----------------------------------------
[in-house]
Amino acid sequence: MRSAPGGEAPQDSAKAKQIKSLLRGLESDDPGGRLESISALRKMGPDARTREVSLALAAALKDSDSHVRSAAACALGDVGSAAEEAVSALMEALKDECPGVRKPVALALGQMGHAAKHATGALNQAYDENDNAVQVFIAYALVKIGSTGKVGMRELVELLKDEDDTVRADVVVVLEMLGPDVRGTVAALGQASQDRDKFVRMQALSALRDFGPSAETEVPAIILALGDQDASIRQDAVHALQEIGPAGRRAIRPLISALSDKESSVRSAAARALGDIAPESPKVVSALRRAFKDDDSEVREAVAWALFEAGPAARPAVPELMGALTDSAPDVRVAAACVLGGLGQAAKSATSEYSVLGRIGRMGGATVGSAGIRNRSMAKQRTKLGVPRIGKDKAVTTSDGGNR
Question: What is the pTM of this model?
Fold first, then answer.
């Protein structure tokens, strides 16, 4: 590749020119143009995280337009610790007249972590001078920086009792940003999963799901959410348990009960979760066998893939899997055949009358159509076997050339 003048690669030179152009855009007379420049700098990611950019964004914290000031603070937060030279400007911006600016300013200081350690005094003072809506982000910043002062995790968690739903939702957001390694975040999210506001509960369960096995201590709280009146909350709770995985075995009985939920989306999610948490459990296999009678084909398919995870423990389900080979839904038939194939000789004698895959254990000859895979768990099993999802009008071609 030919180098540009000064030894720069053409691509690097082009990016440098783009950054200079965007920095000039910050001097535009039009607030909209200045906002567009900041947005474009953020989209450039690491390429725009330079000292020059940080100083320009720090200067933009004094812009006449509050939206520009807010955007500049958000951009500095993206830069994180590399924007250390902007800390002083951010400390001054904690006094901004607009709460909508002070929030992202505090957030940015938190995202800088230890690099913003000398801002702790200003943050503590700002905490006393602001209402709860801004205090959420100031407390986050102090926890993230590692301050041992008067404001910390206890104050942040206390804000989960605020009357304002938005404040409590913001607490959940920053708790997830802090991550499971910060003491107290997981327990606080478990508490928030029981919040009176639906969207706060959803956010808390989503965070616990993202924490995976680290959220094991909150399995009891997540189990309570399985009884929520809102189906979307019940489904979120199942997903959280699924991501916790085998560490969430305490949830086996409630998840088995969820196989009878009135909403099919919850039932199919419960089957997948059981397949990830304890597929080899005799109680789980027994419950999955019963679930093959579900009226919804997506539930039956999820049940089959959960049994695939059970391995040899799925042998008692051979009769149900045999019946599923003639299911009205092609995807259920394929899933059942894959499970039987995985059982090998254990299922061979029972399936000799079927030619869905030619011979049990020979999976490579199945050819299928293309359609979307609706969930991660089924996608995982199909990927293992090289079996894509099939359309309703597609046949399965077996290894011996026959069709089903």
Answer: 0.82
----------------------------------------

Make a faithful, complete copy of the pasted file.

[in-house]
Amino acid sequence: MRSAPGGEAPQDSAKAKQIKSLLRGLESDDPGGRLESISALRKMGPDARTREVSLALAAALKDSDSHVRSAAACALGDVGSAAEEAVSALMEALKDECPGVRKPVALALGQMGHAAKHATGALNQAYDENDNAVQVFIAYALVKIGSTGKVGMRELVELLKDEDDTVRADVVVVLEMLGPDVRGTVAALGQASQDRDKFVRMQALSALRDFGPSAETEVPAIILALGDQDASIRQDAVHALQEIGPAGRRAIRPLISALSDKESSVRSAAARALGDIAPESPKVVSALRRAFKDDDSEVREAVAWALFEAGPAARPAVPELMGALTDSAPDVRVAAACVLGGLGQAAKSATSEYSVLGRIGRMGGATVGSAGIRNRSMAKQRTKLGVPRIGKDKAVTTSDGGNR
Question: What is the pTM of this model?
Fold first, then answer.
């Protein structure tokens, strides 16, 4: 590749020119143009995280337009610790007249972590001078920086009792940003999963799901959410348990009960979760066998893939899997055949009358159509076997050339 003048690669030179152009855009007379420049700098990611950019964004914290000031603070937060030279400007911006600016300013200081350690005094003072809506982000910043002062995790968690739903939702957001390694975040999210506001509960369960096995201590709280009146909350709770995985075995009985939920989306999610948490459990296999009678084909398919995870423990389900080979839904038939194939000789004698895959254990000859895979768990099993999802009008071609 030919180098540009000064030894720069053409691509690097082009990016440098783009950054200079965007920095000039910050001097535009039009607030909209200045906002567009900041947005474009953020989209450039690491390429725009330079000292020059940080100083320009720090200067933009004094812009006449509050939206520009807010955007500049958000951009500095993206830069994180590399924007250390902007800390002083951010400390001054904690006094901004607009709460909508002070929030992202505090957030940015938190995202800088230890690099913003000398801002702790200003943050503590700002905490006393602001209402709860801004205090959420100031407390986050102090926890993230590692301050041992008067404001910390206890104050942040206390804000989960605020009357304002938005404040409590913001607490959940920053708790997830802090991550499971910060003491107290997981327990606080478990508490928030029981919040009176639906969207706060959803956010808390989503965070616990993202924490995976680290959220094991909150399995009891997540189990309570399985009884929520809102189906979307019940489904979120199942997903959280699924991501916790085998560490969430305490949830086996409630998840088995969820196989009878009135909403099919919850039932199919419960089957997948059981397949990830304890597929080899005799109680789980027994419950999955019963679930093959579900009226919804997506539930039956999820049940089959959960049994695939059970391995040899799925042998008692051979009769149900045999019946599923003639299911009205092609995807259920394929899933059942894959499970039987995985059982090998254990299922061979029972399936000799079927030619869905030619011979049990020979999976490579199945050819299928293309359609979307609706969930991660089924996608995982199909990927293992090289079996894509099939359309309703597609046949399965077996290894011996026959069709089903």
Answer: 0.82